For a significantly long length of time, I ignored the ‘tea boy’ hype, dismissing it as another social media delirium, which is why I had no plans of taking my pen up on Arshad Khan , a former tea boy spotted by a very talented Islamabad-based photographer, Jaweriah Ali, until the image given above was instagrammed by a magazine. The magazine shared two pictures, one of Arshad Khan and the other of a young boy selling tea on the streets. Both the pictures left me with very deep thoughts – or to be more precise – questions. The first and most important of them was: Where are we heading?

Women and men praise Arshad Khan for his looks and the artistry of his fateful picture, but avoid taking his name? Not that being a ‘good looking chai wala’ is something shameful or alien, but do we really lack basic decorum of conduct?

My thoughts wandered towards Sadiq Khan, the mayor of London, being repeatedly called ‘Pakistani bus driver’s son’, not only by common people but even by most of our national newspapers. I repeat, not that being a bus driver’s son is disgraceful, but do we really care about what we imprint on the hearts and minds of human beings that are being talked about when we choose our words so carelessly? We become cruel enough to force the other person to think that despite the hard work and talent that he possesses (‘good looks’, in Arshad Khan’s case) it is shocking to rise up to this level, just because you hail from a less-than-privileged class. A sense of discomfiture, a feeling of hiding your prized relations because of social eminence and a concealed disgust at working this hard at such a level, are the key thoughts that a standard mind can conceive from being called anything this puerile.

If this entire episode took place with a female at the center of it, would the results still have been this candid? A number of concerns rise here, too. Does our society really shy away from accepting that harassment could also be faced by men? Harassment has never actually been a ‘women-only area’. But in this particular case we have done away with such concerns because of the prospective fame and lucrative modelling opportunities presented to the man.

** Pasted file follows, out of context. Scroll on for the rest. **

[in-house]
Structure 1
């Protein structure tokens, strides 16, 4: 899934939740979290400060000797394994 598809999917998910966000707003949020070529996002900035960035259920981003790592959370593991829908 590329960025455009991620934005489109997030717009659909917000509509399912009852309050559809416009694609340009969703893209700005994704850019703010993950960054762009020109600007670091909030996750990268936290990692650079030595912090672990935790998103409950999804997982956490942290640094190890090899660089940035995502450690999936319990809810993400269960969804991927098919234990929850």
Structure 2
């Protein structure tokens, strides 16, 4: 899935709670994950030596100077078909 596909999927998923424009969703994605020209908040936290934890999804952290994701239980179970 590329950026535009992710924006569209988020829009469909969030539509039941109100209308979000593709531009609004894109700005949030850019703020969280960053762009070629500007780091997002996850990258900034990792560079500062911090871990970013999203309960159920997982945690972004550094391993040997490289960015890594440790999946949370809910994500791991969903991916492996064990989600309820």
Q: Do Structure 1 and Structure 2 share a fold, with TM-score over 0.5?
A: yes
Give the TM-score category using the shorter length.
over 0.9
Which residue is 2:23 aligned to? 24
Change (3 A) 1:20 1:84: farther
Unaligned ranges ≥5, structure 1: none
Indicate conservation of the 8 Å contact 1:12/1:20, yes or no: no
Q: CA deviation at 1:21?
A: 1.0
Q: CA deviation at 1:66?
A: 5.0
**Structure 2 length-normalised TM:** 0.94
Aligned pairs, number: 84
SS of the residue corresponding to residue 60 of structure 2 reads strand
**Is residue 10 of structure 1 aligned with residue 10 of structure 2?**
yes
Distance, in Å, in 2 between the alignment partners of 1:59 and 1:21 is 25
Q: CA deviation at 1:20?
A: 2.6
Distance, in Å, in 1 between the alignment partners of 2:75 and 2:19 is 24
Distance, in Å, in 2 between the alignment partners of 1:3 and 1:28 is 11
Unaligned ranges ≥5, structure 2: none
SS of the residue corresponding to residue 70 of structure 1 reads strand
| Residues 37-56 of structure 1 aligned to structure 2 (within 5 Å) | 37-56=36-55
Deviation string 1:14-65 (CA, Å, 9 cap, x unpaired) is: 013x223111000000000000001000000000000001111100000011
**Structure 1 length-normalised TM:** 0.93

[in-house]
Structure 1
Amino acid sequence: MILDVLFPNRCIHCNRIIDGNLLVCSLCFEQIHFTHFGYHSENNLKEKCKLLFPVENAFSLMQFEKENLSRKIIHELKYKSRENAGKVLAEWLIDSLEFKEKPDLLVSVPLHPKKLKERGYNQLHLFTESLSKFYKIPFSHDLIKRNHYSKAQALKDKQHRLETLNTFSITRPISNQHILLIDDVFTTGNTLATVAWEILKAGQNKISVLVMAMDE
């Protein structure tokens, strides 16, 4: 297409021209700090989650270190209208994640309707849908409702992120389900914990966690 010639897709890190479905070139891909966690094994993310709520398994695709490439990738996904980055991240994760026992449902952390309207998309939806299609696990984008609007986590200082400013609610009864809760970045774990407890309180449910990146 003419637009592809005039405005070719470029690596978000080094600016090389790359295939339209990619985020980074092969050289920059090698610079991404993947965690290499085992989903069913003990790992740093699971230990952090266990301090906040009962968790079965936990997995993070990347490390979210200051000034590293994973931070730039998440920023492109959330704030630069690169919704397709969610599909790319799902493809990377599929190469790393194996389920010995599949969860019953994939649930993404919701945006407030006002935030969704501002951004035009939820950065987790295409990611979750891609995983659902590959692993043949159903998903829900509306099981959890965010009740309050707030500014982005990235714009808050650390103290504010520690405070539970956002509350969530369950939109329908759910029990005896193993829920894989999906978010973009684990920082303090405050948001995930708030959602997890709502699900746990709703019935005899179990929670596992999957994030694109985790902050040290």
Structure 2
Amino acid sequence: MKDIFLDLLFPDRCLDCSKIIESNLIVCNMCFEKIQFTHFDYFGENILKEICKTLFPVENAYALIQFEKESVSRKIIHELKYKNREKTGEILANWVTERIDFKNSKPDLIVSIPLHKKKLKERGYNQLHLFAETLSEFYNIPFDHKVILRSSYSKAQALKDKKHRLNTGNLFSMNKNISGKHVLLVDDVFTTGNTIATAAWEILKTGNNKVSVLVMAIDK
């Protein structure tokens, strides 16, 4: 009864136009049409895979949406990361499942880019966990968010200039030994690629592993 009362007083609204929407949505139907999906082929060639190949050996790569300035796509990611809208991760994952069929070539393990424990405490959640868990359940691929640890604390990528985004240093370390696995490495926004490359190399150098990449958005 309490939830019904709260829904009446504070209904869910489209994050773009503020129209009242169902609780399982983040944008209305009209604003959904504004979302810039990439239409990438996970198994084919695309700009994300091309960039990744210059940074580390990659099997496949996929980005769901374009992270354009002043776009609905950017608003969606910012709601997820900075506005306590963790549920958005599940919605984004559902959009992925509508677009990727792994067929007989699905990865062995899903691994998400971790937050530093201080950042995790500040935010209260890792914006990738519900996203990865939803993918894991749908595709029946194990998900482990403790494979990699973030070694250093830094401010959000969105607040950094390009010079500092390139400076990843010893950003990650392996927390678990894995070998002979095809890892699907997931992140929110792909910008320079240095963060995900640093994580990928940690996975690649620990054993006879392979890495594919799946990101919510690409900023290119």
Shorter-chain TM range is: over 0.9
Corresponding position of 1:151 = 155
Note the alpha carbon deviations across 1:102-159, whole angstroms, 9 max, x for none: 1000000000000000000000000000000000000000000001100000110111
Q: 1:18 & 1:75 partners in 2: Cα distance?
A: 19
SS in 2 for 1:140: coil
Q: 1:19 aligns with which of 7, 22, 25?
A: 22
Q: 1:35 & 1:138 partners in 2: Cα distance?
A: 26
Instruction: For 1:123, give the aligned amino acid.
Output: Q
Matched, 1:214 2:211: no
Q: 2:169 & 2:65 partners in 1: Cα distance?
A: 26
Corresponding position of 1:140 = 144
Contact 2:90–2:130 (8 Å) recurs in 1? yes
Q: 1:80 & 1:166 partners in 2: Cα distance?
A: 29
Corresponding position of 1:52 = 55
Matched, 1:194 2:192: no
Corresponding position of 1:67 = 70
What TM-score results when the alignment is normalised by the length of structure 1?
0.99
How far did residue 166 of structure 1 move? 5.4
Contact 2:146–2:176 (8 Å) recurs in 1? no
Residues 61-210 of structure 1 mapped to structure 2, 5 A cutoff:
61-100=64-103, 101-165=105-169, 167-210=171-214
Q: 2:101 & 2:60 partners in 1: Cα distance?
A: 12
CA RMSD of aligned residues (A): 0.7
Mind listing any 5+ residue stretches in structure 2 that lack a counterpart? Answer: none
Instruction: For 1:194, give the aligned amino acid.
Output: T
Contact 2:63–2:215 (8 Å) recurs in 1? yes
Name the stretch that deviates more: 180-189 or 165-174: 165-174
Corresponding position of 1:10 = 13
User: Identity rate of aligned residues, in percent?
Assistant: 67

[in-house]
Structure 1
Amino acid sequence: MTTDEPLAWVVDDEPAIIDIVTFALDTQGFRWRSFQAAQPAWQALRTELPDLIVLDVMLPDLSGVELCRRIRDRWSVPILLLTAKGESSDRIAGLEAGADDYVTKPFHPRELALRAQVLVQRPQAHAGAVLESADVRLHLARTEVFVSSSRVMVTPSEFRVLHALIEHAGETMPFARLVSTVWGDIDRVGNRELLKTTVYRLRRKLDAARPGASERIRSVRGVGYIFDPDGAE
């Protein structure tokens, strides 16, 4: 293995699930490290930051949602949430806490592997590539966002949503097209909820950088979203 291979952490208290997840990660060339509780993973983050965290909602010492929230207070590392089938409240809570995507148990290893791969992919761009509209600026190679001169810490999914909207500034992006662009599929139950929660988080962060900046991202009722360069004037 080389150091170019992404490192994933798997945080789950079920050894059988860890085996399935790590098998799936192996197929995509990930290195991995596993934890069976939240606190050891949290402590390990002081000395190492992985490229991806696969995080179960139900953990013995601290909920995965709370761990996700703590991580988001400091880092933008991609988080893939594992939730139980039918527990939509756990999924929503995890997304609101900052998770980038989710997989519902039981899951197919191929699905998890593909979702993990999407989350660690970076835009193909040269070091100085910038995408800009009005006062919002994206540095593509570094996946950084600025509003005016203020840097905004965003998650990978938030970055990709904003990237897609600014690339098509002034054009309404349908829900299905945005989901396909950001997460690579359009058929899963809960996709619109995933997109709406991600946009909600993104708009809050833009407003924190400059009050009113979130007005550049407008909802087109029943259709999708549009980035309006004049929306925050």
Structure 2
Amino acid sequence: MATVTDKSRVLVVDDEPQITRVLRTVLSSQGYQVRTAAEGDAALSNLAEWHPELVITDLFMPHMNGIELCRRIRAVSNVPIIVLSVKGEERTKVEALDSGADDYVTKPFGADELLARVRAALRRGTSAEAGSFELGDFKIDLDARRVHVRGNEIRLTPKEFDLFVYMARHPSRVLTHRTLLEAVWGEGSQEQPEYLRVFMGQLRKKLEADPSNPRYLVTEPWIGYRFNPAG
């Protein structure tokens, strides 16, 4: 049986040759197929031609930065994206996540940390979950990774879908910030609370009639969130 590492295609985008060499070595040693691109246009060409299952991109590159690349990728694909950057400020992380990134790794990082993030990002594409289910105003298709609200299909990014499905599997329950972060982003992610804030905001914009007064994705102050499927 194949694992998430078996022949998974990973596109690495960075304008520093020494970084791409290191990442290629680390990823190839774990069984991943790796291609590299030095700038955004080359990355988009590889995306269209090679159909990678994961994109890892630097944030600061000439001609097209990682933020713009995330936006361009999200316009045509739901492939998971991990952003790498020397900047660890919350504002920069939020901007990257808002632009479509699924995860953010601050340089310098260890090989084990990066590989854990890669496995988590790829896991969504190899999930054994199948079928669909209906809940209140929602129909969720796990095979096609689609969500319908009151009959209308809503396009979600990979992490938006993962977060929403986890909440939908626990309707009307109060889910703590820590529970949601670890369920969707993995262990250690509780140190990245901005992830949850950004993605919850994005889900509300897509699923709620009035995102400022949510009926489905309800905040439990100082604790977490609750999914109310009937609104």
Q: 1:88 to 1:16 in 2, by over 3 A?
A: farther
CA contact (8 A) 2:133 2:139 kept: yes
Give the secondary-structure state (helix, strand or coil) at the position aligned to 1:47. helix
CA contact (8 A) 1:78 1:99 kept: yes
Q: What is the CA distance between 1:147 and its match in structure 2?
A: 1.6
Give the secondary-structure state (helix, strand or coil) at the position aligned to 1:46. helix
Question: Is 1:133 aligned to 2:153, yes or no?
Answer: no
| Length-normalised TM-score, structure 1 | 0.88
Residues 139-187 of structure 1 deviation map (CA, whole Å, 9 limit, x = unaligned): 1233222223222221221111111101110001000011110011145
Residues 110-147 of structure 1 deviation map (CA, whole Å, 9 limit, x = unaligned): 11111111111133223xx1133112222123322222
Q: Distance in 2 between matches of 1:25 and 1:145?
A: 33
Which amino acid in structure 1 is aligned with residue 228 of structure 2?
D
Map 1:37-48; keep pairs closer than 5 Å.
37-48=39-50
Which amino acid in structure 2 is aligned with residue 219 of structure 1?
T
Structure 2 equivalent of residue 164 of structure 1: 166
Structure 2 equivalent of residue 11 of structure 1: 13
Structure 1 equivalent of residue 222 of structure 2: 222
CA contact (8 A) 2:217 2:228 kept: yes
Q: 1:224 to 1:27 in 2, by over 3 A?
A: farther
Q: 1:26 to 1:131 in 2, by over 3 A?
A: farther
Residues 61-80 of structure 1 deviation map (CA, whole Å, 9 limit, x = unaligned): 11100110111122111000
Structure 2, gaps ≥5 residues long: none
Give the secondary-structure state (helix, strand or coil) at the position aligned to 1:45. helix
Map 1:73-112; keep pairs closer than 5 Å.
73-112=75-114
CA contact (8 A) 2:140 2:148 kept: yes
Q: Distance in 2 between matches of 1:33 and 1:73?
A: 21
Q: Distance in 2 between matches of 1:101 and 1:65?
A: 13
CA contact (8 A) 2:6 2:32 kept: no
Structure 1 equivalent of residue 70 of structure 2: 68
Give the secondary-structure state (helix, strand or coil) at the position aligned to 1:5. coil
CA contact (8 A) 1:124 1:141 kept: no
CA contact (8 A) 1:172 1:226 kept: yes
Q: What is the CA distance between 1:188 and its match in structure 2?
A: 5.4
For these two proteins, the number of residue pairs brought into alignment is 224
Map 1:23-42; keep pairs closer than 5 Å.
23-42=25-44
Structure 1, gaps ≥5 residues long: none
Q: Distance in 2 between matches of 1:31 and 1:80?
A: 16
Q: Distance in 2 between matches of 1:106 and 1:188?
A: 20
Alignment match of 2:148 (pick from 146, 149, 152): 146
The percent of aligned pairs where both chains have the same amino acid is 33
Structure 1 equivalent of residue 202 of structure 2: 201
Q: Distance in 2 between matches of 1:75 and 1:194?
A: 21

Isn’t it unjust to measure a person’s experience by simply their prospective monetary gain or popularity? I agree that the young man would be famous and, personally, I wish him wealth and prosperity, as well, provided that those who upstretched him to this level, support him afterwards too. What we fail to predict is would such a person, with curtailed exposure, be able to digest over-night fame? Let’s suppose he does that. But, then, would he be able to survive the fall which we, as a nation, are used to giving to our over-night ‘celebrities’? Shall I remind you of Reshma, Muhammad Shahid Nazir (aka the “One Pound Fish Man”), and Majid Jahangir (of 50-50 fame)? The list is endless. Do I need to say anything else here? People possessing a certain talent may survive even after our nation’s flirting campaigns, but do these models, risen by our collective love for fair skin and blue eyes, be able to subsist the obscurity when we would be done with our coquetry? My question is, are we really raising a celebrity or another forgotten face? Do we really need to establish the latter just to feed our playfulness?

On the other hand, the picture of a child with scared eyes, selling tea, no doubt has no comparison to what has been shared more than enough, but why are we visionless and insensitive enough to give no reaction to something which has a connection to humanity, rather than to beauty? Undoubtedly, the two pictures are not to be compared, but our attitudes towards each certainly do need to be. Some time ago, I undertook a volunteer mentorship at The Citizen’s Foundation, and, since a friend of ours had to leave due to an emergency, we had to go looking for a volunteer to work with us in a far off village to teach the deprived. None of the people we found were fitting for the job, since some were unwilling to teach and some were unwilling to teach for free!

Over there, some people came looking for a child either to take care of their children or to help with household chores, and some required them to go to the market every day to buy general items. Not only do we ignore the dilemma of the innocent souls working hard for us at that tender age, but we also become so visionless enough to ignore their safety, as well. Further, child labour also breeds child abuse.

But since we are too busy praising the blue eyes of an adult, we conveniently forget those little souls and their tough backgrounds and placate our conscience while taking advantage of them. Do we not have a lot to ponder upon and change?

I leave you with this question.